Is your company ready for the workforce of 2025? And do you realize what effects this new world of work can have on your company? We didn’t, and 2 years ago we set out to discover what this could mean for us. When we started our HR2025 project, little did we know that this initiative would result in a website, where thought leaders from various backgrounds share their ideas about work and pay in 2025.

We also had unanswered questions, and when we reached out to our global audience to participate in a survey, we were amazed by the thoughtful responses we received. We are excited that the HR2025 report is here, and we can share it with you.

One question that came up several times, was about our strategy program that initiated all of this: why did we start it and how did we organize it? The final blog in our “25 on HR2025” program therefor looks at the approach we took, and shares some lessons learned along the way. We hope you find it useful!

10 tips to create a strategy that works

When you run a business, you focus on the current quarter and the year and this is a great way to deliver results. You might even have a 3-year plan. However, the risk is that this approach implicitly assumes that the future is an evolved version of the present. And looking back, we know that isn’t true.

We also know that people are notoriously bad at predicting the future. Yet, to ensure that our business continues to thrive five or more years from now, it’s up to us as business leaders to have a vision and define a long-term strategy, while fully realizing that external circumstances might force our business to take a different direction in future.

So why did we embark on a 2025 strategy initiative?

A long-term program allows you to make well-informed, strategic choices about:

  • The market in which you operate, global developments and trends and how they influence your market leadership
  • What your company needs to do to thrive and meet the expectations of clients, employees and owners in the future

While keeping in mind that strategy is about winning by:

  • Uniquely positioning your company in your industry
  • Creating sustainable advantage
  • Delivering superior value versus the competition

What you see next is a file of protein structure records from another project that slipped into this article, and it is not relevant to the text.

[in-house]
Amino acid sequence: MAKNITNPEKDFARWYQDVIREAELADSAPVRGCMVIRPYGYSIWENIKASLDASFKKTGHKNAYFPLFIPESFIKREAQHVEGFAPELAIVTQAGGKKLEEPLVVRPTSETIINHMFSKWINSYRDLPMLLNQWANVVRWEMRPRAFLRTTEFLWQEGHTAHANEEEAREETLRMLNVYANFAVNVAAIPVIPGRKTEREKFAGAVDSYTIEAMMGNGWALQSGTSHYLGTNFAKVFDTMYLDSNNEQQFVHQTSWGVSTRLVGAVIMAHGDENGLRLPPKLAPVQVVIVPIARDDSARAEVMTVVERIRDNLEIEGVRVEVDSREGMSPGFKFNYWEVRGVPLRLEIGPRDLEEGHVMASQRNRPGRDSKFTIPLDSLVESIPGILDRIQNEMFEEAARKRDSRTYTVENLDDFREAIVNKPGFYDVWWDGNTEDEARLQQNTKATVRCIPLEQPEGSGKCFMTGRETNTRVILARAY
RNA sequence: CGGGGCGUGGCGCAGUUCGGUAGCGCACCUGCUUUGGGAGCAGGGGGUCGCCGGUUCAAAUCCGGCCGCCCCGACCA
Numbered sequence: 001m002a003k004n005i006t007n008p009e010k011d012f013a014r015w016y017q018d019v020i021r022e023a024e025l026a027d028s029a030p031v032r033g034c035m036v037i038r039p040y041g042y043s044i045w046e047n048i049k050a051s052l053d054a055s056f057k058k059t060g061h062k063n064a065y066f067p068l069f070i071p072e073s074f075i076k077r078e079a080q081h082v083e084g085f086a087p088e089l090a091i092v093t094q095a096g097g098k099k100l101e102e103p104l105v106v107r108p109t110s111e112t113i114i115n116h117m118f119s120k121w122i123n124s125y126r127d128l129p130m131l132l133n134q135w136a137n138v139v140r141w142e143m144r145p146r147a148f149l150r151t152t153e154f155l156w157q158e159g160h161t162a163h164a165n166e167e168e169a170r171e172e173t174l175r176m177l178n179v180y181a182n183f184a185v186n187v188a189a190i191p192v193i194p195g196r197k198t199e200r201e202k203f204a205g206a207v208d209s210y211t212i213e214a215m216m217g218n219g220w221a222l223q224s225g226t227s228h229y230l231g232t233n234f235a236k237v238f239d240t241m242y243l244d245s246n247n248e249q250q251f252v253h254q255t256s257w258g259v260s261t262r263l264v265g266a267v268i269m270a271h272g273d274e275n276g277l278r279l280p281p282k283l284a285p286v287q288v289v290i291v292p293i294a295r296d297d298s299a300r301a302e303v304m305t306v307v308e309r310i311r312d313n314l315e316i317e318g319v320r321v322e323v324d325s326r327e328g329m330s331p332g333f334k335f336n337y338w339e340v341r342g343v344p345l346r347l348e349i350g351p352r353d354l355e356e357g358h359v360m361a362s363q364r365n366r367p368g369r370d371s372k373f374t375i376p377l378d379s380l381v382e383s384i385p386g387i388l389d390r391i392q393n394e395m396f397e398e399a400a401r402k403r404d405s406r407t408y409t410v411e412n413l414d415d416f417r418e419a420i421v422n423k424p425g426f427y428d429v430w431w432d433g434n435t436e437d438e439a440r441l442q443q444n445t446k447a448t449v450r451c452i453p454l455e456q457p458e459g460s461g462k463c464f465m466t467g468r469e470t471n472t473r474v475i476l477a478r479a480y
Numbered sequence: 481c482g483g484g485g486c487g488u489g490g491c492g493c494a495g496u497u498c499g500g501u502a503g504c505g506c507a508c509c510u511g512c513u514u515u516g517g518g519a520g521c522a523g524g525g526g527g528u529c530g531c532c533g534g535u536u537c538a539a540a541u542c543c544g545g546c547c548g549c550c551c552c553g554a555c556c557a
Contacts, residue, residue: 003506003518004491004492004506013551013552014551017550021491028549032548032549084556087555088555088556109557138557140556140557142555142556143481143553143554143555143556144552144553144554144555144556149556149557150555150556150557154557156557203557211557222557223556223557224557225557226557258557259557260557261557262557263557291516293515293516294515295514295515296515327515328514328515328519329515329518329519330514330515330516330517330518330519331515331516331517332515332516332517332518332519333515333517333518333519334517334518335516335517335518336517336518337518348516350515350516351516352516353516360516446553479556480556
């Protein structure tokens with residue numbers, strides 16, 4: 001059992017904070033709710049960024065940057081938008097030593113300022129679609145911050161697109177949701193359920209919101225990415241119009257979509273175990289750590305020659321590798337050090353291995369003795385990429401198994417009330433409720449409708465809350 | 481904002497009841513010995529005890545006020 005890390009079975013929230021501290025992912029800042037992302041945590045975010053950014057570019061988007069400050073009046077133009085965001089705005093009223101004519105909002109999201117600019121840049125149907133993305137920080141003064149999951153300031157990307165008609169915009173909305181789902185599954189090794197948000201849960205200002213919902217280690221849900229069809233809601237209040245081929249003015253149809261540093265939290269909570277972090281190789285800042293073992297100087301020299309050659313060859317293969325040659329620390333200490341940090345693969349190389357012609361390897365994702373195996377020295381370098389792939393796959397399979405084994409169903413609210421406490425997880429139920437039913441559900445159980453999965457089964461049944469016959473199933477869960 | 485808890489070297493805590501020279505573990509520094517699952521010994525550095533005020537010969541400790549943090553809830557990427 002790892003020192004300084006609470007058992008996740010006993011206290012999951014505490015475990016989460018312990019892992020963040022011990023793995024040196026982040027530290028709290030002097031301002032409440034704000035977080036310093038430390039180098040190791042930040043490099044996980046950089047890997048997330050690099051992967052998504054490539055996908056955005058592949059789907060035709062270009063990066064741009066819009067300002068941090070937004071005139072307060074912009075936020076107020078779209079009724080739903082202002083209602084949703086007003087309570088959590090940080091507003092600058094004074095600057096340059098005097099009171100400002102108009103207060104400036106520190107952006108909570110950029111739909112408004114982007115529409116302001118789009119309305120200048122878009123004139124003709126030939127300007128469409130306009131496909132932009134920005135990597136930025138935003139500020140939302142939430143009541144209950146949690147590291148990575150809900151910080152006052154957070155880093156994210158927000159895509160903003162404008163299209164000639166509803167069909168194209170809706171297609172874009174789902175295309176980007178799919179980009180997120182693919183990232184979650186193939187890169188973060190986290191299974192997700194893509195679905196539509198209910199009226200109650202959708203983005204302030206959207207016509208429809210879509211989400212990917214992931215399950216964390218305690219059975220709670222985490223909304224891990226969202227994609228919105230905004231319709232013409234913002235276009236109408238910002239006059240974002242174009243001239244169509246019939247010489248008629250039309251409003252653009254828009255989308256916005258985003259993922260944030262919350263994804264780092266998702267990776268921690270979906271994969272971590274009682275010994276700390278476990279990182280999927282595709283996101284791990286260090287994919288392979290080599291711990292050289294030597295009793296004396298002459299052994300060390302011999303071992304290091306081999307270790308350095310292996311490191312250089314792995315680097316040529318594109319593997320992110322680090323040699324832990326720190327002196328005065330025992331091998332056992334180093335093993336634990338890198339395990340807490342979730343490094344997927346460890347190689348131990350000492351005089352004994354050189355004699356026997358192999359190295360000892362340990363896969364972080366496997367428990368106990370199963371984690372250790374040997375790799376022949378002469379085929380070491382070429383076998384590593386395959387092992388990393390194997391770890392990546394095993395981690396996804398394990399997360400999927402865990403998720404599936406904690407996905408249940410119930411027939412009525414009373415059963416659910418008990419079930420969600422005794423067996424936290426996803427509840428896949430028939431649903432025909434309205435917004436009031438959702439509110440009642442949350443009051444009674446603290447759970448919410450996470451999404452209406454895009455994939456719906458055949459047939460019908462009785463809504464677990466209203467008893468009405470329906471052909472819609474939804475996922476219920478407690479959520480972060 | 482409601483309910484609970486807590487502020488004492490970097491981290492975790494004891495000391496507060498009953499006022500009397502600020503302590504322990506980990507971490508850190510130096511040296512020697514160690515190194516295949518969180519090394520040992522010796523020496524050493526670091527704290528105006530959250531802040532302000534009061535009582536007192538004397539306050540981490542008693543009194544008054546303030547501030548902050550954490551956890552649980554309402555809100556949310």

You might think that a strategy should be focused on solving your clients’ future needs, but this is too narrow a view. A client-base you serve today might not exist anymore or doesn’t need your services. Automation could replace you or businesses decide it’s better to take a service inhouse. You might have underutilized assets, that allow you to serve different clients in future. Focusing your strategy on current clients alone would mean you miss this opportunity.

Why 2025?

In 2018, we looked at the tornado of new technologies that were impacting the HR and payroll space. It was obvious that we didn’t have the bandwidth to absorb them all, and our clients didn’t either. We had to make choices – for our own business and for our clients, and more importantly, we had to make the right choices. At the same time, we realized that the world (of work) changes so fast that it is difficult to know with absolute certainty which technologies will provide opportunities and which can be ignored.

This meant we had to take an approach that would allow us to work towards a common goal and allow for course correction in future. We chose 2025 as our focus. It was far enough out that there would be a definite change, but not so far that we would venture into unknown territory. Our questions then were; what will the world look like in 2025? How will people work and get paid? Who will buy from us, and what are the services and technologies those clients need by then?

The objective of our strategic approach was to build a framework that allows the right (investment) decisions today, but with agility build-in to support the services we think we’ll need to provide in 2025, knowing that there is no way of knowing exactly what we will need. Approaching strategy with a mid-term time frame means you can think broadly and be creative.